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Cautionary ‘Mark Felt: The Man Who Brought Down the White House’

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CHICAGO – Everything old is new again, in the 1970s story of the infamous “Deep Throat” – the source in the FBI who tipped off the Washington Post about the issues surrounding Watergate scandal – who revealed himself in 2005. He is now the subject of a new film, and is portrayed by Liam Neeson, in “Mark Felt: The Man Who Brought Down the White House.”

It’s a blistering history lesson, and again the more revealed about the Richard M. Nixon administration the more it becomes clear that the Republican Party agenda was/is based in acquiring power rather than serving the American people. Mark Felt was an old-school FBI agent that wasn’t so innocent himself – he was somewhat of a bag boy for J. Edgar Hoover – but he saw injustice and used his power of knowing where the “bodies were buried” to bring down the corrupt Nixon. The film gets a bit choppy at the end, as if there was more to it, and the introduction of Felt’s personal life distracted from the main procedural. It still was compelling history, and a cautionary tale that evokes today’s presidential situation.

Mark Felt (Liam Neeson) was a clear-cut FBI man, the second in rank only to Director J. Edgar Hoover in the early 1970s. Richard Nixon was the president at that time, and his agenda becomes apparent with the death of Hoover in 1972. After the smoke (made possible by the burning of Hoover’s “secret files”) clears, Nixon puts his own man as Director of the FBI, L. Patrick Gray (Marton Csokas), undermining Felt’s power and position.

Felt1
Liam Neeson as ‘Mark Felt: The Man Who Brought Down the White House’
Photo credit: Sony Pictures Classics

Around the same time, the Washington, D.C.-based Democrat Party offices, headquartered in the Watergate Hotel, are broken into. The FBI investigation of the events are compromised by Gray and Nixon, and Felt feels impelled to go to the Washington Post newspaper and leak the key details. He is the infamous “Deep Throat” source for reporters Bob Woodward and Carl Bernstein, and his information brings down the Nixon White House.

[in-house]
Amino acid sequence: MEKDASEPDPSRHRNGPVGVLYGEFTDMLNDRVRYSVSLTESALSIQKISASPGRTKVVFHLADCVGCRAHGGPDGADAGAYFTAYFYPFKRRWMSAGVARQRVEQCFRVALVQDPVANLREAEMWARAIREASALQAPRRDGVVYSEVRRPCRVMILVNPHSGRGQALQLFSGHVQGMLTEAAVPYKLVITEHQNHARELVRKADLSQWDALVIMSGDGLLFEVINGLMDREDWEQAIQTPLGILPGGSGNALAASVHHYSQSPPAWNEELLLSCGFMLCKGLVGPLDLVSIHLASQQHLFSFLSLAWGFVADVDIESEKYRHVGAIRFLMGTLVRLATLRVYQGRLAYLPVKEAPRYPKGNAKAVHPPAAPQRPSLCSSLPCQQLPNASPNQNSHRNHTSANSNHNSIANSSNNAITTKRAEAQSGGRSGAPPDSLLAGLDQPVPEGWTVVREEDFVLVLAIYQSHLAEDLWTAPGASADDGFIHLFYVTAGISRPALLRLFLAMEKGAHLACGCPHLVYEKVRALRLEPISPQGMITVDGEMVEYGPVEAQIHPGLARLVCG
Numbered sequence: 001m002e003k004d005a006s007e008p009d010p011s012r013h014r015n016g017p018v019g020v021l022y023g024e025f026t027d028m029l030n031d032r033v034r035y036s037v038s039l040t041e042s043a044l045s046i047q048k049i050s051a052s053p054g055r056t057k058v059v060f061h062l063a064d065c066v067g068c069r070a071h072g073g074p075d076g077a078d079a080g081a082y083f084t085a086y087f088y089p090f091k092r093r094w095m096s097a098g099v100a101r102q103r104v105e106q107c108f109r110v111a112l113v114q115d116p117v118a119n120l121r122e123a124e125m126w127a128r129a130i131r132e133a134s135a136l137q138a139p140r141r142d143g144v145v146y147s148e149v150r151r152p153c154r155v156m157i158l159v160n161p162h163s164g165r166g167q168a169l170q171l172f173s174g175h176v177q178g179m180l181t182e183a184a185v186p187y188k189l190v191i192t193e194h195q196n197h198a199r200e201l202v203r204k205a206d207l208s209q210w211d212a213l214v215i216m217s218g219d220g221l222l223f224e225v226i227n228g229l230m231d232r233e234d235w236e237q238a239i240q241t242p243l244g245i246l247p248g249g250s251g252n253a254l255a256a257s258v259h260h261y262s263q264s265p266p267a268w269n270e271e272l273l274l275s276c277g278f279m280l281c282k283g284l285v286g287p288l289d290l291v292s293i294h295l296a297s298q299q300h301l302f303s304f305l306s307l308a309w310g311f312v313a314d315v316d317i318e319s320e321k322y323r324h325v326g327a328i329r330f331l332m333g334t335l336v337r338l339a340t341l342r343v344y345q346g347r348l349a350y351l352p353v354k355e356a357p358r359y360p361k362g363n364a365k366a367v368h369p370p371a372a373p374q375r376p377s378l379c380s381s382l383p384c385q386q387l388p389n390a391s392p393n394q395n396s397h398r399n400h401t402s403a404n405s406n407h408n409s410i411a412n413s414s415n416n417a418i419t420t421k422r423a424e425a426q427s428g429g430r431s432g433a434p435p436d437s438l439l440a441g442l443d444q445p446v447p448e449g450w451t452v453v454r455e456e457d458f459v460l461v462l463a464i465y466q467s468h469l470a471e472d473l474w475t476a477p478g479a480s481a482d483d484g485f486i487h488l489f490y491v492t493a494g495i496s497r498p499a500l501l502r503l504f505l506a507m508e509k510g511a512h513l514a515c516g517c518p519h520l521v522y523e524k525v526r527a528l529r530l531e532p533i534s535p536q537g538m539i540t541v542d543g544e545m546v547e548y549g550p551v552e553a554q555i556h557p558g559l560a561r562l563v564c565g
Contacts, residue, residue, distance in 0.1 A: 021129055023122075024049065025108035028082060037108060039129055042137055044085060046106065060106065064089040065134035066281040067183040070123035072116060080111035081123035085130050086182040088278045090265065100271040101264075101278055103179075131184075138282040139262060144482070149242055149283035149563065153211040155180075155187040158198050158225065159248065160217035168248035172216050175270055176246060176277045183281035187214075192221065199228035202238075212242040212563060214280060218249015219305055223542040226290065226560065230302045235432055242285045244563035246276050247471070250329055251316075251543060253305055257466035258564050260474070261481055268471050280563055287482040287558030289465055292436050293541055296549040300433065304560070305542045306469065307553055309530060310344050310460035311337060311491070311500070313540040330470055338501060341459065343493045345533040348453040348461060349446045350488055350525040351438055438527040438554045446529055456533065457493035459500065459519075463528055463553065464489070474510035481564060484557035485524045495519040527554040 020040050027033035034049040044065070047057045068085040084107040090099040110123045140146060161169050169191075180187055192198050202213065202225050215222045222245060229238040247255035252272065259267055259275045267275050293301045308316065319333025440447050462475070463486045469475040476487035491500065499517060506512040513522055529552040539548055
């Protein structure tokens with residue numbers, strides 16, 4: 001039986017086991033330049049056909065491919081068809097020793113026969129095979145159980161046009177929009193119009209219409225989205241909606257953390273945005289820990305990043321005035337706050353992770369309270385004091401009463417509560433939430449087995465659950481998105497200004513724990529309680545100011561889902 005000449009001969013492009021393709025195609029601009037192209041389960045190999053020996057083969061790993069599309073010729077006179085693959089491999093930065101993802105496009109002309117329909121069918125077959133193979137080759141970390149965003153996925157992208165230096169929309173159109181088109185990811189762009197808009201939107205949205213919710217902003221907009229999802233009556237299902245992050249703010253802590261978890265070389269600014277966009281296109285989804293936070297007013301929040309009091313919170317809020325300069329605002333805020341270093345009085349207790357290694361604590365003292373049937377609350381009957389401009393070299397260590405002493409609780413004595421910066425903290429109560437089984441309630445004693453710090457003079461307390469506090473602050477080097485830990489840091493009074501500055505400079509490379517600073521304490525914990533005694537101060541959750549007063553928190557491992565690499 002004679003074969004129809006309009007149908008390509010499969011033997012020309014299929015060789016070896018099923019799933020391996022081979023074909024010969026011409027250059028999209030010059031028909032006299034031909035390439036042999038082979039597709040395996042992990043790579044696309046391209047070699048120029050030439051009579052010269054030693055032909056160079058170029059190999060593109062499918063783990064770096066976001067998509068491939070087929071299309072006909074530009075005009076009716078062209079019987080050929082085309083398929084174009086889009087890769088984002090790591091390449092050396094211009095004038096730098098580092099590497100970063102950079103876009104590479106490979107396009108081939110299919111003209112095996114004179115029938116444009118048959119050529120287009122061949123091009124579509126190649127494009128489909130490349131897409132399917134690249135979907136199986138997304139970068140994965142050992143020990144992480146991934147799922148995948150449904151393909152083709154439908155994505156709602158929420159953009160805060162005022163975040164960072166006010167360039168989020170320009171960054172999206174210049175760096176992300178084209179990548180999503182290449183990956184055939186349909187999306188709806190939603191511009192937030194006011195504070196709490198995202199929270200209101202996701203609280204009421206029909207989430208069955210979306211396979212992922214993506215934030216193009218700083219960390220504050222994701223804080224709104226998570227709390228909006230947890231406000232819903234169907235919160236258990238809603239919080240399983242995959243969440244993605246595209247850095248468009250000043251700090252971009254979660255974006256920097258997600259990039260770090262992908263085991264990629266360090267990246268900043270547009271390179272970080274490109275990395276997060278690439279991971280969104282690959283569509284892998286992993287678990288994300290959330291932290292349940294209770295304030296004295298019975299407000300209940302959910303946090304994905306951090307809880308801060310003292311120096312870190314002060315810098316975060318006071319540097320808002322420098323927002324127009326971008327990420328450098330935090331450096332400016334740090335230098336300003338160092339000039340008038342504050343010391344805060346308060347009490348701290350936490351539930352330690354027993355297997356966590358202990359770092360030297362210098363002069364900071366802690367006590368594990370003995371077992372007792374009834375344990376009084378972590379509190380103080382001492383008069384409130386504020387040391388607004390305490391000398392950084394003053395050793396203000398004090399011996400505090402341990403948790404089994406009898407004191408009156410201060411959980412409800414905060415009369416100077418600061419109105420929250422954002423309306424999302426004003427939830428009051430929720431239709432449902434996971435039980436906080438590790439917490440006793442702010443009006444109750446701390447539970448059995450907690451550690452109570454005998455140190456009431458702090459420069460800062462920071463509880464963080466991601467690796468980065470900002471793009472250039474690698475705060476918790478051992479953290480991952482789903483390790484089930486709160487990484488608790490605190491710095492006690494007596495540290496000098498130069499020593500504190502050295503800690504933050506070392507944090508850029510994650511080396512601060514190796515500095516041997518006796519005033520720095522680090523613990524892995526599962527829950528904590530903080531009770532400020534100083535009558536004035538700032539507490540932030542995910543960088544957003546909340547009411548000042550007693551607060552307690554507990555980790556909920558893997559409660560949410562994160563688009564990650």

The film also includes Felt’s relationship with his wife (Diane Lane, always great) and daughter, which distracts from the more important Watergate issues, and writer/director Peter Landesman (“Parkland”) had a problem with that balance. The last third of the film wrapped up quickly, as if several other scenes were excised. But the sheer audacity of the Nixon years are well exposed, and if you’re a history buff, or interested in politics-in-the-halls-of-power at all, this is highly recommended.

Liam Neeson is a great choice for Mark Felt, he knows how to create a larger-than-life character with the necessary flaws that lead to a downfall. He wears the tragedy of the events in the performance, and creates both sympathy and empathy for what Felt had to endure. The most fascinating people you’ll ever meet in your life are the ones that seem born to be in the position or occupation they embody. Mark Felt was one of those people, and Liam Neeson knows how to communicate his responsibility.

Felt2
Diane Lane Portrays Audrey, Mark Felt’s Wife
Photo credit: Sony Pictures Classics

The supporting cast takes their place in the story with a gravitas that really lends itself to the drama. The always welcome Tom Sizemore portrays Bill Sullivan, a Republican goon with a Nixonian haircut. Bruce Greenwood is Sandy Smith, a Time Magazine reporter who also had a relationship with Felt. Marton Csokas as L. Patrick Gray scores as an ultimate bureaucrat, reshaping the legacy of Hoover and almost bringing down the FBI in those politically-charged times. That sounds very familiar (James Comey).

The underground heroes of history are often people who just give a damn about what this country was founded for… wealthy land owners. Just kidding. The principles of truth usually can defeat power, but with the proliferation of “fake news” it’s also overwhelming. We’re drowning in information, but do we really know anything? Where or who is the next Mark Felt?

”Mark Felt: The Man Who Brought Down the White House” continues its nationwide release in Chicago on October 6th. See local listings for theaters and show times. Featuring Liam Neeson, Diane Lane, Bruce Greenwood, Noah Wyle, Marton Csokas and Tom Sizemore. Written and directed by Peter Landesman. Rated “PG-13”

HollywoodChicago.com senior staff writer Patrick McDonald

By PATRICK McDONALD
Writer, Editorial Coordinator
HollywoodChicago.com
pat@hollywoodchicago.com

© 2017 Patrick McDonald, HollywoodChicago.com

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